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Following this post I was wondering how to plot or even communicate gene expression using relative quantification, meaning through transformation of cycle threshold values. In my particular experiment, a longitudinal study made up by 3 groups with 2 measurements I performed the following calculations:

dCt_post = Ct_target_post - Ct_ref_post

dCt_pre = Ct_target_pre - Ct_ref_pre

ddCt = dCt_post - dCt_pre

To express the variation caused by treatment there are several possibilites reflected in bibliography:

  • log2(dCt_post/dCt_pre)
  • ratio: dCt_post/dCt_pre
  • There is the possibility of adding a calibrator or even a pool of untreated sample in the different batches which will result in another ddCt value

dCt_test = Ct_target,test - Ctref_test dCt_calibrator = Ct_target,calib -Ct_ref, calib ddCt = dCt_test - dCt_calibrator. The non explicit part here is that Ct_target,test in longitudinal studies is made up by a pre- and post- values. This is just a note, not pertinent to the topic

I am a little bit confused between the ratio and the log2 of the dCt values. I have read something about variances in the post @EdM, but crudely speaking I don`t know which contribution make each one statistically speaking. Is there one approach more appropiate in this context, from a mathematical aspect, coming from an inverse log space (sigmoid function) as RT-qPCR? Interaction and main effects are calculated with linear mixed-effects model

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  • $\begingroup$ @EdM here we are $\endgroup$ Mar 24, 2023 at 19:02

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The quantitative real-time polymerase chain reaction (qPCR), the basis for this question, subjects a sample to a series of reaction cycles. Ideally, each cycle doubles the amount of a specific DNA sequence. A fluorescent dye reports the (amplified) amount after each cycle.

If the original amount of the DNA of interest is $x$, then the amount after $C$ cycles is ideally $2^Cx$. This makes it natural to work in the $\log_2$ scale, transforming that amplified amount to $\log_2 x +C$. This question is whether it's best to work in the log scale related to the number of cycles, or in some other scale.

The short answer: it's best to work in the log scale of $x$, using linear combinations of the associated cycle numbers to correct for differences in sample size or differences in pre-processing (e.g., reverse transcription of RNA to DNA). That's because linear modeling works best when error magnitudes are independent of the magnitudes of the observations, and in qPCR that assumption holds best in the scale of cycle numbers. See, for example, this answer.

Details

In practice, at low cycle numbers the specific fluorescence can't be distinguished from background fluorescence or instrumental noise, and at high cycles the consumption of reagents limits the fluorescence signal. That provides a sigmoid curve of fluorescence versus cycle number, as noted in the question.

Quantitation thus starts with the number of cycles that it takes for the fluorescence generated from a sample to pass a pre-defined threshold value that's higher than background but well below the limiting value. That number of cycles is called the Ct or Cq for the sample.

If you have two sets of qPCR reaction cycles with starting DNA amounts $x_1$ and $x_2$, then given their individual Ct values you can (ideally) compare their DNA amounts as follows:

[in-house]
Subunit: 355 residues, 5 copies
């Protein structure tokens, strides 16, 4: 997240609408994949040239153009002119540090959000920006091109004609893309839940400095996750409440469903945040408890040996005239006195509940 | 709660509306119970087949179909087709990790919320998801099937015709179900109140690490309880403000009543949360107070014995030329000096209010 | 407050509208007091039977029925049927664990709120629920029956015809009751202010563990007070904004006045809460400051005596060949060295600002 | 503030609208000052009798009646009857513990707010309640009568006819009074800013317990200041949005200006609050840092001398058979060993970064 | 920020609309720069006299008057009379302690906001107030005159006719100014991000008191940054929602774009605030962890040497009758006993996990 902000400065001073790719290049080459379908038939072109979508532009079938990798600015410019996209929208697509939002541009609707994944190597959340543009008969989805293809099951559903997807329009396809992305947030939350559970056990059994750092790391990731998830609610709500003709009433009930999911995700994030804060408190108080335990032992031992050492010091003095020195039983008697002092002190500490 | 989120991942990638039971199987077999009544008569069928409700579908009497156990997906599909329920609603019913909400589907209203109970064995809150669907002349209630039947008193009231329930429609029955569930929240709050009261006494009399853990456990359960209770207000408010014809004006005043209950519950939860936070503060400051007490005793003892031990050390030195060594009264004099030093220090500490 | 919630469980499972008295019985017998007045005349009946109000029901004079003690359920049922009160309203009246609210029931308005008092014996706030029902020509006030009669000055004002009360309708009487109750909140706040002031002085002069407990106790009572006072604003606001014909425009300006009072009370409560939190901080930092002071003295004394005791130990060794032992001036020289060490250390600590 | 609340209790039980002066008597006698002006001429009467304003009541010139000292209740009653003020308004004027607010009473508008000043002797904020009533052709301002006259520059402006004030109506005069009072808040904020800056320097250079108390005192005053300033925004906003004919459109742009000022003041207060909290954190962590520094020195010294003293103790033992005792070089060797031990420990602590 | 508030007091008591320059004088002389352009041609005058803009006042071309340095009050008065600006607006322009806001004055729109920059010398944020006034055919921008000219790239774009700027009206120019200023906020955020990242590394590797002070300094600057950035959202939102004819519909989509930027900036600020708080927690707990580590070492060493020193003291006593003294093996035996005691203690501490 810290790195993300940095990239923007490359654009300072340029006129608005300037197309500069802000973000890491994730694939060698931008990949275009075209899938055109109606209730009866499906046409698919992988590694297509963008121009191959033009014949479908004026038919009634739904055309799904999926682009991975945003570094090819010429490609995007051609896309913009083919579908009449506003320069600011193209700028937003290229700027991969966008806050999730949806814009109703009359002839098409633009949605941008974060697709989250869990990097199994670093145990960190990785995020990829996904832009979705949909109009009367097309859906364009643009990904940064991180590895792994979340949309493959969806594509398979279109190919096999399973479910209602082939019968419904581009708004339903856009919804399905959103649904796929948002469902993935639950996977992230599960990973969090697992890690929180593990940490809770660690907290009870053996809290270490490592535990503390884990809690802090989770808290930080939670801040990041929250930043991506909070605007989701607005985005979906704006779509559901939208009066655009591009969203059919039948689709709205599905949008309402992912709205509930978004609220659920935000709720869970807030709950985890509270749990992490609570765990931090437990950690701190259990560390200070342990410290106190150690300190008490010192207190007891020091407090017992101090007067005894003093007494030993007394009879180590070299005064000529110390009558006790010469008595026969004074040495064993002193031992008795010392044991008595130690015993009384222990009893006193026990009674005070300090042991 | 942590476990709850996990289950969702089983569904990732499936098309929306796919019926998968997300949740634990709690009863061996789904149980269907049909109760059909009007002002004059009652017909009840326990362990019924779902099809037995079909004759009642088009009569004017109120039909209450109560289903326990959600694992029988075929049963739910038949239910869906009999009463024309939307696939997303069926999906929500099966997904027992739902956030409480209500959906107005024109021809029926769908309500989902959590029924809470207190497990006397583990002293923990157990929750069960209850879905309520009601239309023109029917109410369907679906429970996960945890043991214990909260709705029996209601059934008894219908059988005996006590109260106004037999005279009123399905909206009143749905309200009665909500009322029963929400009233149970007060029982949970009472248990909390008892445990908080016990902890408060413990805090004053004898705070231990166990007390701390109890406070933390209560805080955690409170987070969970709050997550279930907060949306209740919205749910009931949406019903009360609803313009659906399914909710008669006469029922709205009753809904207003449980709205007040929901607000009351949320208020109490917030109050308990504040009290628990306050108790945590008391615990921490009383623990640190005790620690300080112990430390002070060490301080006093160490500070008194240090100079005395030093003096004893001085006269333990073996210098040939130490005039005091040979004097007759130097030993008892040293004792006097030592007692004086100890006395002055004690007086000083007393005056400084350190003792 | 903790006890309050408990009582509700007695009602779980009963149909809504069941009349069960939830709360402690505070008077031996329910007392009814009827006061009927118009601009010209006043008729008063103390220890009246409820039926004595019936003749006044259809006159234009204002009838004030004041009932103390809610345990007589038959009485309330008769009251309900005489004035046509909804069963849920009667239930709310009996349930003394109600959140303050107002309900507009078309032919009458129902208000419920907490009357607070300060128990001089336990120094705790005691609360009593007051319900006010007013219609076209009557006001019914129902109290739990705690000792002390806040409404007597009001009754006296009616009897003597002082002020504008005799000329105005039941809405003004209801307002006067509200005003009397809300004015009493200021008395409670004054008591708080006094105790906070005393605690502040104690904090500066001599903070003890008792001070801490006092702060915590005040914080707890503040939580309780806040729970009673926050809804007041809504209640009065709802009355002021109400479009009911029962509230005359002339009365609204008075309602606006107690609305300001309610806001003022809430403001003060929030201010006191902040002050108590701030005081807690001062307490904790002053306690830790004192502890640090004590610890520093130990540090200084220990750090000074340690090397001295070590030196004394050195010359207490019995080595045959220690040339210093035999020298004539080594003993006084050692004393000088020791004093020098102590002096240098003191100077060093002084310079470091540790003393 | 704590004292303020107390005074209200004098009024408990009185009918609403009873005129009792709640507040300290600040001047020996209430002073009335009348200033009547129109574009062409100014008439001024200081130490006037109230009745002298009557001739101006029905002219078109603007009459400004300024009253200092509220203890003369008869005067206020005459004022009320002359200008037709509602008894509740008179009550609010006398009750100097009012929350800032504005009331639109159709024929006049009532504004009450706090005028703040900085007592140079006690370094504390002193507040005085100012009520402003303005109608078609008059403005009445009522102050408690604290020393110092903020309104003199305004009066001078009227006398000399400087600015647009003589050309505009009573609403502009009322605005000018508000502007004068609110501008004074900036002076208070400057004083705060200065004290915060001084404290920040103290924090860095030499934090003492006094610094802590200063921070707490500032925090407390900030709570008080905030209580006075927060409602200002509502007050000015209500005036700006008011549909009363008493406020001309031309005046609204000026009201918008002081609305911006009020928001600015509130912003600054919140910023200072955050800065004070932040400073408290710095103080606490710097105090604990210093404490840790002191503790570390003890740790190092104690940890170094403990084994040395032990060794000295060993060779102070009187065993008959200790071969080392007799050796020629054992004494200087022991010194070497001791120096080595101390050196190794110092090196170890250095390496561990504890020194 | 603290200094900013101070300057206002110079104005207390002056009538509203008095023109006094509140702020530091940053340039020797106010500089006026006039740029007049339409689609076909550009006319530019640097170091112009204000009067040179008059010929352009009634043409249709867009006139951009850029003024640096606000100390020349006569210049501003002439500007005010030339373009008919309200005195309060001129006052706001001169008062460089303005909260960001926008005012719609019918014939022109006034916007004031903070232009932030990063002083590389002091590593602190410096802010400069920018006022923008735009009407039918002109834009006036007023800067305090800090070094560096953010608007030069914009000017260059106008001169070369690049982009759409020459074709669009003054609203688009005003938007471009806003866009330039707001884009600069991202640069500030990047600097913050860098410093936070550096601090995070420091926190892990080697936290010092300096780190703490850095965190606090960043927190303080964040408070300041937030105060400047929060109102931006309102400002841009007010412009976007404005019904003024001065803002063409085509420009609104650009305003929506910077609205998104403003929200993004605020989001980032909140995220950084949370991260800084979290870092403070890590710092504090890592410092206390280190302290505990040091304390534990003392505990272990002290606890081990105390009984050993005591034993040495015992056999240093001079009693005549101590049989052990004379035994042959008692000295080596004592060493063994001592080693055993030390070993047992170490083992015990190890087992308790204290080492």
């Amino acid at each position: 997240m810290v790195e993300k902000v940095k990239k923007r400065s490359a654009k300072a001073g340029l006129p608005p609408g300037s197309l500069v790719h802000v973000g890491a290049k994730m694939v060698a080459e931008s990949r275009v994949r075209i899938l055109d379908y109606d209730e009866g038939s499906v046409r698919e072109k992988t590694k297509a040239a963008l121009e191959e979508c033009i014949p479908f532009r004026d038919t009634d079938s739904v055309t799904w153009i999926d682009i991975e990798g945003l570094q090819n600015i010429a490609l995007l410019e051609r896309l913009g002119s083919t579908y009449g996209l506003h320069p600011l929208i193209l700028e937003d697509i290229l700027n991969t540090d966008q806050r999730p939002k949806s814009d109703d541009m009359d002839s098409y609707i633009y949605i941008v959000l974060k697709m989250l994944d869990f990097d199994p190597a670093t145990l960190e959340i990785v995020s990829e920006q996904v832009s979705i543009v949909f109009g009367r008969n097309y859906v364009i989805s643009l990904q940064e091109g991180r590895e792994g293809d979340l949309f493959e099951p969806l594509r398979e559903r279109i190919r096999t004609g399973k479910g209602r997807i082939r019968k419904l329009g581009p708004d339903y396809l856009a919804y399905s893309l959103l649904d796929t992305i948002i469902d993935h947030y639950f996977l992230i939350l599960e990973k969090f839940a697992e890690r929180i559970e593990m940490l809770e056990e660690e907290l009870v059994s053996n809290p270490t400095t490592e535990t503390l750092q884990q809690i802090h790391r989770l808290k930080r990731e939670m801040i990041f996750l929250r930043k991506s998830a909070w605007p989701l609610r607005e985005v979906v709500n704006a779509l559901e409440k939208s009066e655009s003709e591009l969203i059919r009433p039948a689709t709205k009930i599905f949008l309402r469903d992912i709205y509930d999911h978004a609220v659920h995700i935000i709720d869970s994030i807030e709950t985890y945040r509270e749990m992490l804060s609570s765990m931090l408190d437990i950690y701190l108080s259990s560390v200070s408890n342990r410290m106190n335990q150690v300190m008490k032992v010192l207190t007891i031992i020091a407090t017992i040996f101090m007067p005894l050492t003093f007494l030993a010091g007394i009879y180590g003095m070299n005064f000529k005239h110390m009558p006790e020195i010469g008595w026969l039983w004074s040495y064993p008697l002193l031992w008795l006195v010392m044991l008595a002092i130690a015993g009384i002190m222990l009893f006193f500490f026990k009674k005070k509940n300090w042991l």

$$\log_2 x_2 + \text{Ct}_2 = \log_2 x_1 + \text{Ct}_1 $$ $$\log_2 \frac{x_2}{x_1} = \text{Ct}_1 -\text{Ct}_2 =\Delta \text{Ct} .$$

That can be used to correct for differences in sample amounts or in pre-processing by reverse transcription from RNA to DNA. Then $x_2$ is the DNA of specific interest in an experiment and $x_1$ is a reference DNA unaffected by the experimental manipulations, each determined from the same biological sample. (The dCt_post and dCt_pre in this question are written in the opposite direction, with the question's dCt the negative of $\Delta \text{Ct}$ as written above.)

The variance of a $\Delta \text{Ct}$ estimate, based on the formula for the variance of a weighted sum of correlated variables, is:

$$\text{Var} (\Delta \text{Ct}) = \text{Var} (\text{Ct}_1) + \text{Var} (\text{Ct}_2) - \text{Cov} (\text{Ct}_1, \text{Ct}_2), $$

where $\text{Cov} $ is the covariance (representing the shared errors between $x_2$ and $x_1$ due to their being analyzed in the same original sample). As noted above, these variances are typically constant over wide ranges of Ct values, with a normal error distribution often a reasonable approximation in the Ct scale. Thus linear modeling is best done via linear combinations of Ct values, as used to calculate $\Delta \text{Ct}$ values.

The proposed ratios of $\Delta \text{Ct}$ values, or the logs of such ratios, don't make a lot sense. They take you out of the Ct scale in which errors are well behaved, and they take you even farther away from the original DNA values $x$.

I have seen calculations based on things like $2^{\Delta \text{Ct}}$ to transform back to the $x$ scale of initial DNA amounts. But that also takes you out of the scale in which errors are well behaved. You might consider that type of transformation at the end of analysis, to express values and confidence intervals in terms of DNA amounts. But linear modeling, associated intermediate calculations, and statistical tests should be on the Ct scale where the underlying assumptions are best met.

Standard curves can be used to correct for inefficiency in PCR, less than the ideal doubling of DNA in each cycle. Standard curves can give estimates for $x_1$ and $x_2$ in original DNA amounts. But as those are still based on Ct values, it's best to work with those amounts in the logarithmic scales most directly associated with their Ct values.

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